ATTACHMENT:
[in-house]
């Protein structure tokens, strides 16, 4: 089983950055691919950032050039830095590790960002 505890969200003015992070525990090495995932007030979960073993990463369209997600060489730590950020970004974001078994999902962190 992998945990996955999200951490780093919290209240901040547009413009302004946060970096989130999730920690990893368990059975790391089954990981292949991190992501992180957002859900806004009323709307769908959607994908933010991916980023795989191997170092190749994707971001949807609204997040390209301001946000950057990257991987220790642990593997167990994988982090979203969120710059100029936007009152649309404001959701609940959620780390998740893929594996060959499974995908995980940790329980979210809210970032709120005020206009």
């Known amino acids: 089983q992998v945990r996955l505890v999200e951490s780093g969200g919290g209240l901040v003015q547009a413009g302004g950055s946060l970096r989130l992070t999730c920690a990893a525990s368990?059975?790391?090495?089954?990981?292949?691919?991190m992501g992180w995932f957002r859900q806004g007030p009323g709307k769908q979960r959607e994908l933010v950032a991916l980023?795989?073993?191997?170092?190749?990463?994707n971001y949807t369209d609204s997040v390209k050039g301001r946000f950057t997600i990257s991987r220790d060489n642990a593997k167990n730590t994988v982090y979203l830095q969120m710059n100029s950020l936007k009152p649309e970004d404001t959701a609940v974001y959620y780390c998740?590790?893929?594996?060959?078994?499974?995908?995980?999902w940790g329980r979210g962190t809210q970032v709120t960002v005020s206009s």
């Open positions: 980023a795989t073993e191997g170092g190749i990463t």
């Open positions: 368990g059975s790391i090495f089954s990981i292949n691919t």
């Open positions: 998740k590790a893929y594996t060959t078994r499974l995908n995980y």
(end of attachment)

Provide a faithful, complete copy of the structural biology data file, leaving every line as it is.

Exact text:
[in-house]
């Protein structure tokens, strides 16, 4: 089983950055691919950032050039830095590790960002 505890969200003015992070525990090495995932007030979960073993990463369209997600060489730590950020970004974001078994999902962190 992998945990996955999200951490780093919290209240901040547009413009302004946060970096989130999730920690990893368990059975790391089954990981292949991190992501992180957002859900806004009323709307769908959607994908933010991916980023795989191997170092190749994707971001949807609204997040390209301001946000950057990257991987220790642990593997167990994988982090979203969120710059100029936007009152649309404001959701609940959620780390998740893929594996060959499974995908995980940790329980979210809210970032709120005020206009």
């Known amino acids: 089983q992998v945990r996955l505890v999200e951490s780093g969200g919290g209240l901040v003015q547009a413009g302004g950055s946060l970096r989130l992070t999730c920690a990893a525990s368990?059975?790391?090495?089954?990981?292949?691919?991190m992501g992180w995932f957002r859900q806004g007030p009323g709307k769908q979960r959607e994908l933010v950032a991916l980023?795989?073993?191997?170092?190749?990463?994707n971001y949807t369209d609204s997040v390209k050039g301001r946000f950057t997600i990257s991987r220790d060489n642990a593997k167990n730590t994988v982090y979203l830095q969120m710059n100029s950020l936007k009152p649309e970004d404001t959701a609940v974001y959620y780390c998740?590790?893929?594996?060959?078994?499974?995908?995980?999902w940790g329980r979210g962190t809210q970032v709120t960002v005020s206009s």
């Open positions: 980023a795989t073993e191997g170092g190749i990463t």
């Open positions: 368990g059975s790391i090495f089954s990981i292949n691919t």
């Open positions: 998740k590790a893929y594996t060959t078994r499974l995908n995980y």